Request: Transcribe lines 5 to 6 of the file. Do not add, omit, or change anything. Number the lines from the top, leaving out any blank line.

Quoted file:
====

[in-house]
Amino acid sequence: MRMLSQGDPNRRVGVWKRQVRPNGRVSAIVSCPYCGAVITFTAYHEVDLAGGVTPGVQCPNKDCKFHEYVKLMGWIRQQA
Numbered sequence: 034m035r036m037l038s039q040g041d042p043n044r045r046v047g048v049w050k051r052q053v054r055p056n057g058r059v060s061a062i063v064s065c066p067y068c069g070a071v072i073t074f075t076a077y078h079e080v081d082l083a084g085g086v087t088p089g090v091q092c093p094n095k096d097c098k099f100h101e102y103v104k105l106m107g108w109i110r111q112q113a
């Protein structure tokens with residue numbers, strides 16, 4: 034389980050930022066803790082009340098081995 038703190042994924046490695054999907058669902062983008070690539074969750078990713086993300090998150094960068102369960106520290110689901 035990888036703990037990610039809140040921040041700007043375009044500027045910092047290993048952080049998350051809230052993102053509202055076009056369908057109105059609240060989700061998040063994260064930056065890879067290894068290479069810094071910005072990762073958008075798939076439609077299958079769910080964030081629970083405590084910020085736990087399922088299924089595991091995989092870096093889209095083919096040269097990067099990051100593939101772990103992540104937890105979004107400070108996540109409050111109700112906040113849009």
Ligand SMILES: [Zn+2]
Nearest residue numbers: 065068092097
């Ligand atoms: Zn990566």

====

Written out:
Ligand SMILES: [Zn+2]
Nearest residue numbers: 065068092097